In any case, it caught my attention that in the Register interview McCain answered a question about his health care provider during most of his adult life with the following at the 1:18 mark
or, as CNN reports:
"You know that's an interesting statement, isn’t it?" he responded. "And I have never been an astronaut, but I think I know the challenges of space. And I have never done a lot of things in my life that I think I am familiar with."
I am going to go out on a limb here and suggest that, as we've so often noticed with George W. Bush, the instinct-directed person, whose speech is often on automatic if talking points haven't been implanted and memorized, is not infrequently undermined by a brain which blurts out the truth, when it hasn't been properly prepared. I would further suggest that the reason this problem doesn't surface more often than it does, is because these individuals have learned a number of tricks to protect themselves from being exposed as not really knowing what they are talking about.
The main trick, of course, is to monopolize the discourse and not provide an opportunity for contradictions to intrude. Another is to deflect troublesome topics with "humor" or personal references which throw the interlocutor off the track. I suppose that these tactics are not very different from those that are employed by an illiterate person who's determined to hide that fact. (How was it possible for McCain not to have read the three page memo from Hank Paulson two days after it was delivered?) Indeed, it might be useful to remember that an illiterate person may well acquire the skill of deciphering letters and recognizing words without comprehending what they actually mean.
Last night we watched the documentary, "Crawford," again and I was struck, as I was the first time, by the archival footage of George W. Bush addressing the 2000 graduating class at the high school. What caught my attention was that he had a portfolio that he set on the lectern and, as he delivered some totally innocuous remarks that anyone with an ounce of sense and stage presence could have memorized or delivered off the cuff, he flipped the pages in his portfolio, as if he were reading. In other words, I think he was pretending to read because that's what his handlers were getting him used to doing.
Now that I think about it, it also caught my attention when George W. Bush held that supposedly impromptu news conference in the Booker Elementary School Library. Indeed, in my own mind I had explained the gap in time between the impact of the second plane on the towers and George W. Bush issuing a statement on the need to prepare a statement for him to read to the assembled news media--a written statement that I knew he had because I saw him leave the podium and then go back to collect the pages and put them in his pocket. But, while the time required to compose the statement explains the delay in Bush leaving the classroom, it doesn't explain the delay in starting the press availability. That might well be accounted for by the need to read Bush the statement so he'd be able to deliver it from memory.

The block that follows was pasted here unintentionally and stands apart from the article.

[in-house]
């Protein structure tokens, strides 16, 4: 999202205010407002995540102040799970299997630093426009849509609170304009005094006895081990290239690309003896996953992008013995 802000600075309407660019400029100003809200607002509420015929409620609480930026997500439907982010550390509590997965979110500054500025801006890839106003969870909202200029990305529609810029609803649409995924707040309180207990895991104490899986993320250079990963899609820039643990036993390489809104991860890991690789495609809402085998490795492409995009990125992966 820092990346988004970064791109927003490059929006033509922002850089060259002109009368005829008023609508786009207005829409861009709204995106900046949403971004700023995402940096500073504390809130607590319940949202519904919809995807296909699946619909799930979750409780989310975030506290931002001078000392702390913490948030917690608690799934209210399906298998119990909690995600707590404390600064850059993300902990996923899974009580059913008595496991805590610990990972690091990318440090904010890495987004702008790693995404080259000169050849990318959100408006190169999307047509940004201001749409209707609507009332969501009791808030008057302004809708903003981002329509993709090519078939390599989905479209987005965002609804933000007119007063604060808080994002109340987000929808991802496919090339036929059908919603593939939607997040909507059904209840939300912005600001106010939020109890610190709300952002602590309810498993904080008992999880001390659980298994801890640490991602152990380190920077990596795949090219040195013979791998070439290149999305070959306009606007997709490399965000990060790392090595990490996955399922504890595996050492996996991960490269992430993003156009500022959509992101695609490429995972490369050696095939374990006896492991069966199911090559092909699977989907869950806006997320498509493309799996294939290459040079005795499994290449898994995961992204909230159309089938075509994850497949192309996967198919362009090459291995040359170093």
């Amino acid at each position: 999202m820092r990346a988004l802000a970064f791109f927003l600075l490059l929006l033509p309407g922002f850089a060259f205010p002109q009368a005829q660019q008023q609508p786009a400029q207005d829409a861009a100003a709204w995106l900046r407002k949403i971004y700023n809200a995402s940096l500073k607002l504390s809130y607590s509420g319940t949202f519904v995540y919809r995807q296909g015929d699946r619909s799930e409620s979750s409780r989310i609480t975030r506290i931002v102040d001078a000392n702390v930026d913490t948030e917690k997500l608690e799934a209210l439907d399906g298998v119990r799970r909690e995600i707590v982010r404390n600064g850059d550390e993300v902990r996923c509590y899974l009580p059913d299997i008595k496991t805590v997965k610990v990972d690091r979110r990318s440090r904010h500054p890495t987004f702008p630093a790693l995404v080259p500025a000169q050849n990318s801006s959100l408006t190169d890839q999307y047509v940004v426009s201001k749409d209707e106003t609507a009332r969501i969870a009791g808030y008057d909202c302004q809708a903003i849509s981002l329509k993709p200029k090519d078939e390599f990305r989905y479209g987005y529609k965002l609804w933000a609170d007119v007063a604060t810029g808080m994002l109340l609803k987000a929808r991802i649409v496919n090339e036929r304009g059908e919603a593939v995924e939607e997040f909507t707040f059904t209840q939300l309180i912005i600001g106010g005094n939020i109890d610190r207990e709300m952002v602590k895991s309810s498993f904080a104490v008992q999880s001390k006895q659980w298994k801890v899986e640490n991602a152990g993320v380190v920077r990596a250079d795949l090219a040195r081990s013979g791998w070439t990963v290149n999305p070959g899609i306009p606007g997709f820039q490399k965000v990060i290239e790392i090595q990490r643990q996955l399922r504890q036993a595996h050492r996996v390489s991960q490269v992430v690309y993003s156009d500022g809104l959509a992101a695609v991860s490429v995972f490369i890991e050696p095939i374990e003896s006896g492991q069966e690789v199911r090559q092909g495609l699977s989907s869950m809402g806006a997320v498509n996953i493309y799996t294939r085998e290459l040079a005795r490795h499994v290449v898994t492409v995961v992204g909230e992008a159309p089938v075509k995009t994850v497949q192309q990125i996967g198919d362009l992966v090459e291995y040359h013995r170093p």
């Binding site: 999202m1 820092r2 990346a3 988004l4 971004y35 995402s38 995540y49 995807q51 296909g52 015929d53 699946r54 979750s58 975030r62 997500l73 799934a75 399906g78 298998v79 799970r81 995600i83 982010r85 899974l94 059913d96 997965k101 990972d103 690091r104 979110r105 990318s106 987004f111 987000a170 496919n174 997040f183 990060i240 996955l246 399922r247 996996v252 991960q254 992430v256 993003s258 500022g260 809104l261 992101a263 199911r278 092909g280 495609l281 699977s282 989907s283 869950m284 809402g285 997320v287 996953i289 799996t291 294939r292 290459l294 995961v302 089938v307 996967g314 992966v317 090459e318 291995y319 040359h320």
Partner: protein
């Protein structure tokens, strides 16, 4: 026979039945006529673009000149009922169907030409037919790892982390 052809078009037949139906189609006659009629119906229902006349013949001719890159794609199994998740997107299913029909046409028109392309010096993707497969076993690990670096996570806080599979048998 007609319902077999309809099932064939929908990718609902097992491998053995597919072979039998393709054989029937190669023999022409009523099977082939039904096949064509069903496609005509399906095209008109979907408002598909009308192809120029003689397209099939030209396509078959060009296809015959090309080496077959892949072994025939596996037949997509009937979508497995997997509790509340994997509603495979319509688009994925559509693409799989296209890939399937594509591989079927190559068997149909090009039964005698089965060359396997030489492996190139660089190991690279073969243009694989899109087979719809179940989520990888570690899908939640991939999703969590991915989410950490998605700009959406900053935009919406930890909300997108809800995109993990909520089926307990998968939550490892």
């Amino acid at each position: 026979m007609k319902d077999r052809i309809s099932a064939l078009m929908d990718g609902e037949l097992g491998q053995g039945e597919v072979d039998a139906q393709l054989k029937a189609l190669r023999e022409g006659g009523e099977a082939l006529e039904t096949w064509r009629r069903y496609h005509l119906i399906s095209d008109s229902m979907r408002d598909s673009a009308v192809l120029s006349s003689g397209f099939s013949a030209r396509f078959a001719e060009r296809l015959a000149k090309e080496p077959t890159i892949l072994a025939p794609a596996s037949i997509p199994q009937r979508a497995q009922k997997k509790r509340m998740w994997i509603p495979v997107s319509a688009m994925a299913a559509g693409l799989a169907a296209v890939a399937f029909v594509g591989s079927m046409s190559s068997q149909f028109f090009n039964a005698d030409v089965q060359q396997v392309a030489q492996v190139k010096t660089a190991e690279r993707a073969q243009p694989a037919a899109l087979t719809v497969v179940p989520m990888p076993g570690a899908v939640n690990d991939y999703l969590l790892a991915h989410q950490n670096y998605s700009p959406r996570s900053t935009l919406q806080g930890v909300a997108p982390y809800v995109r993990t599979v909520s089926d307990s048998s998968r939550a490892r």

It's estimated that 40 million American adults are functionally illiterate. No question, they are entitled to be represented. But, should they be represented by one of their own, especially if the reason they're illiterate is because their brains can't compute cause and effect? The assertion that a million Iraqis were killed by U.S. bombs, missiles and troops shooting because Saddam Hussein was a tyrant might not strike people who can't connect cause and effect as strange. Nevertheless, that's no way to manage the human population in the twenty-first century. In the nuclear age, we simply can't afford to select leaders who can't identify the reasons for mankind's potential demise.
More than his health, somebody needs to review McCain's literacy skills. It probably wouldn't hurt to review Palin's either. If illiteracy is a consequence of the inability to relate cause and effect and, since children as young as three are able to perform this mental function, then the disability is either congenital or the consequence of trauma in infancy. And, if that's the case, then the only logical response would seem to be to insure that individuals who exhibit this disability are not selected to hold important positions with responsibilities for the lives of lots of other people.
It may be ironic, but Walter Mitty, the fictional character, was an editor of pulp fiction. He achieved success when he was promoted to Associate Editor. If you've got the time, The Secret Life of Walter Mitty has been posted on YouTube in 12 parts by Huilifoj.